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I used to work on sort of a cats-and-dogs capital markets desk, which occasionally meant that spivvy companies without great access to the equity and bond markets, or industry bankers who were a bit too clever for their own good, came to me and asked “hey, what if we issued preferred stock?”1 I cannot recall that ever working out well. “Preferred stock” is a thing that exists in corporate finance textbooks, and occasionally solves for quirky corporate finance equations (“can we structure this investment as debt only it isn’t debt …”), but its practical uses tend to be limited to:
- private companies, private investments in public companies, joint ventures, VC investments, and other non-publicly-traded things;
- convertible preferred stock, which is not really the same thing at all;
- convertible preferred’s weird Warren-Buffett-and-TARP cousin, “preferred stock with warrants”; and
- a couple of sectors that are really into leverage, capital-structure engineering, and retail financing – meaning mostly banks, insurance companies and REITs.
So David Einhorn’s too-clever-for-his-own-good “iPrefs” deck brought back fond memories: why not convince a tech company that the next level of financial-engineering innovation is to issue preferred stock? And, since the phrase “preferred stock” does still kind of conjure up turn-of-the-last-century financial markets and/or cheesy cologne, why not rebrand it as “iPrefs”? There is something … something very investment-banker-y about taking an absolutely standard financial product, giving it a different name, and calling it an innovation. Of course I love it.
The only thing I love more than the name is the ambition. Einhorn wants Apple to issue two hundred thirty-six billion dollars of iPrefs, or five $50-par, 4%-coupon iPref shares per common share. That’s more than half of Apple’s market cap, but Apple’s market cap is the wrong denominator. If Apple took Einhorn’s advice and issued $236 billion of listed preferred, it would be issuing more than the entire market cap of all the publicly traded preferred stock in America, combined.2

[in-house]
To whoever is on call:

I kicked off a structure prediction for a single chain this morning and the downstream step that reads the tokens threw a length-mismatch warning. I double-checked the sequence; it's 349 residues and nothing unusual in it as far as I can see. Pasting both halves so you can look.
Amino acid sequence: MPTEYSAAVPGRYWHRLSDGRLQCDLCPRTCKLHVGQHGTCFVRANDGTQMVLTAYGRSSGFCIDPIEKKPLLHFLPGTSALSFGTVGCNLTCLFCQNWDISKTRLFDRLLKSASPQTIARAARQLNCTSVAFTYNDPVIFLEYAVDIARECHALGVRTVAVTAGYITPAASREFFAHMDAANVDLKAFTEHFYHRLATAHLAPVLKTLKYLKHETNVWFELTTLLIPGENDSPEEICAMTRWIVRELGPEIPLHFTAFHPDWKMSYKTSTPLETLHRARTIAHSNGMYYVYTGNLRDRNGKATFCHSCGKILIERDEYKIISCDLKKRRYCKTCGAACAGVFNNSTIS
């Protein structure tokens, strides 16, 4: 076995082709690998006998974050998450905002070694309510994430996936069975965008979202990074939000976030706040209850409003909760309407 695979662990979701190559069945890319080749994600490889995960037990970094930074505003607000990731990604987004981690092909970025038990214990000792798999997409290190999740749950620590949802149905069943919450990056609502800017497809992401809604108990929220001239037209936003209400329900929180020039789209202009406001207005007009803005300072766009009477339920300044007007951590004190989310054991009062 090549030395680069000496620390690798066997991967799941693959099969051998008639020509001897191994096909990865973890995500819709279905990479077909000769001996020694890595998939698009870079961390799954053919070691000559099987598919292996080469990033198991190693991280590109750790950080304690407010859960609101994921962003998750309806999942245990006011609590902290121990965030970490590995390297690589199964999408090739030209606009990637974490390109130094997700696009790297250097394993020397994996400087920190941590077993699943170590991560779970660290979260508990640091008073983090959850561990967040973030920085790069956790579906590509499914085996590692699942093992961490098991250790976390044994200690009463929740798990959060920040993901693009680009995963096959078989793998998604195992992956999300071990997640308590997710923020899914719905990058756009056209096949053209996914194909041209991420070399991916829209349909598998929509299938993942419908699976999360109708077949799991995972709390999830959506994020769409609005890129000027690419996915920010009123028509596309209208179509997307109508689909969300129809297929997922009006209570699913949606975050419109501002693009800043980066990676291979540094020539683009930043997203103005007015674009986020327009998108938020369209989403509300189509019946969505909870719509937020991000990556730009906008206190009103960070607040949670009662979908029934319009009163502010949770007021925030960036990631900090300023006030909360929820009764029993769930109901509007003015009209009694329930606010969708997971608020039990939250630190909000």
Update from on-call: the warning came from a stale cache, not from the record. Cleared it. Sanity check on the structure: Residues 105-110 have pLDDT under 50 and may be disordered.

That is worth keeping in mind while reading his deck. The deck has a funny spot-the-paradox air to it; basically Einhorn goes through a bunch of (similarly tax efficient) ways to divvy up Apple’s present cash pile and future cash flows, and ranks them by how much “value” they “create.” There are a lot of very smart people who believe that you cannot slice a pie in such a way that you create more pie; most of those people don’t work for investment banks, or if they do they keep their mouths shut.3
But I digress. The point is that Einhorn presumes that the market is irrational in how it values Apple, and that iPrefs could reverse that irrationality. (Or, precisely equivalently, that the market is now rational in how it values Apple, and that iPrefs could drive it to an irrational frenzy of overvaluation. Either way is good.) As a former slicer of instruments, I have an instinctive sympathy to that view, and have lazily endorsed it before; I will lazily stand by that now.